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11 August 2004
The South Island varroa investigation is over.
Final testing of sticky boards from the Canterbury region was completed on Tuesday with no further detections of the bee-killing mite.
Paul Bolger, Ministry of Agriculture and Forestry (MAF) Varroa Programme Coordinator said that all controlled area and restricted place notices put in place during the investigation have been removed and beekeepers can now resume normal beekeeping activities.
Mr Bolger said that it was possible that the original varroa finds at Oxford and Murchison were the result of contamination in the testing process.
"The possibility also remains that there may be a low-level population of varroa somewhere in the South Island which has not been detected by the extensive sampling over the past two months.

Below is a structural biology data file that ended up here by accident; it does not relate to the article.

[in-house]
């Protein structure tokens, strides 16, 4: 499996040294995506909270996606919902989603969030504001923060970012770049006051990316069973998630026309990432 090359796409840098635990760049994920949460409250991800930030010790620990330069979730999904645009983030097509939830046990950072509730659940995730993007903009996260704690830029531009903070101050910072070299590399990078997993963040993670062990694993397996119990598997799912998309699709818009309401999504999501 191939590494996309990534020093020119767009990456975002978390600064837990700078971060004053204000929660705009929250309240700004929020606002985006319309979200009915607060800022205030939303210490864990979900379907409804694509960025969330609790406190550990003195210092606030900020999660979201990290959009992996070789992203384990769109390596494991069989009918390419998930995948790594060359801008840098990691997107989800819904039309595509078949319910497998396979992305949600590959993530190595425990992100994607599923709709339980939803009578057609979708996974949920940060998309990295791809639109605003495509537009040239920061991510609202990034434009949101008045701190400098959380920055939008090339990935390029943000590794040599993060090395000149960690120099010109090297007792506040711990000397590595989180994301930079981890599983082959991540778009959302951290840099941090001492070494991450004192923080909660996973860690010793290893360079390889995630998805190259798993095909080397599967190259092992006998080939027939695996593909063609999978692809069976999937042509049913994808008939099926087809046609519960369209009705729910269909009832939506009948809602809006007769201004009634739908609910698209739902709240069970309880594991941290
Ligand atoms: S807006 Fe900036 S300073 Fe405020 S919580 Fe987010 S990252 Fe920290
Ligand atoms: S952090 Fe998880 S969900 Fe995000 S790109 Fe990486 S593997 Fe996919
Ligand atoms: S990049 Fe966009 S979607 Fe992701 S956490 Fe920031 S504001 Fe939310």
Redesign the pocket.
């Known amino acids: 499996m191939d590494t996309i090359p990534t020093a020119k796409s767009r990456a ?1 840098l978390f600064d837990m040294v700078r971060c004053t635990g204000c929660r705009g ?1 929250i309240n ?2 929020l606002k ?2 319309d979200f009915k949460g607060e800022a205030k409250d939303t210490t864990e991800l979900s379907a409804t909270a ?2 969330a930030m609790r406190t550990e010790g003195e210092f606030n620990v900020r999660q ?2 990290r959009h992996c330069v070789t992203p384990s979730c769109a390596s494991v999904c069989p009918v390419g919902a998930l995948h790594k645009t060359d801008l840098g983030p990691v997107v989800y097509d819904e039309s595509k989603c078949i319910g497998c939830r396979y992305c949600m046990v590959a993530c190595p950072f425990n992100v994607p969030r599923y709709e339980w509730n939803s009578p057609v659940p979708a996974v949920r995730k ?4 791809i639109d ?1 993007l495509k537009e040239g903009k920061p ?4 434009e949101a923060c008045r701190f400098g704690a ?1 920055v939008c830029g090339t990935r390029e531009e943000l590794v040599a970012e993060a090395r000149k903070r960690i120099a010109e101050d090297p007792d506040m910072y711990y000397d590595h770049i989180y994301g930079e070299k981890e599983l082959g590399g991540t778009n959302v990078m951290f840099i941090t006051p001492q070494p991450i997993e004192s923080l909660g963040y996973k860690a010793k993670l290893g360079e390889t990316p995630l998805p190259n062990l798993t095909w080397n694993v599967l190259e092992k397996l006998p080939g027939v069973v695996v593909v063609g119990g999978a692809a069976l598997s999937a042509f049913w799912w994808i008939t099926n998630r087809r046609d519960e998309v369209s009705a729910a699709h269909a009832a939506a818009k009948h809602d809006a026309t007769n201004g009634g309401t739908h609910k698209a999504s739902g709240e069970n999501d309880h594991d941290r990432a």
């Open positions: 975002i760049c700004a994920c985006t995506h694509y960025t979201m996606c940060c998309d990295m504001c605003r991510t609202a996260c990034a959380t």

"However to continue the investigation would severely restrict the activities of beekeepers and those industries that rely on bees for pollination," he said.
Mr Bolger asks that beekeepers remain vigilant to the possibility of varroa in their hives now that the active surveillance carried out during the investigation is completed.
MAF is extremely appreciative of the support received from beekeepers while the investigation has been underway.
The varroa investigation was initiated in June after a single varroa mite was found in samples taken from an Oxford apiary. The investigation was extended to include Murchison following the detection of a mite on the outside of a plastic bag containing sticky boards used in varroa surveillance from a Murchison property.
For more information contact:
MAF Varroa Programme Coordinator
Paul Bolger 0274 869539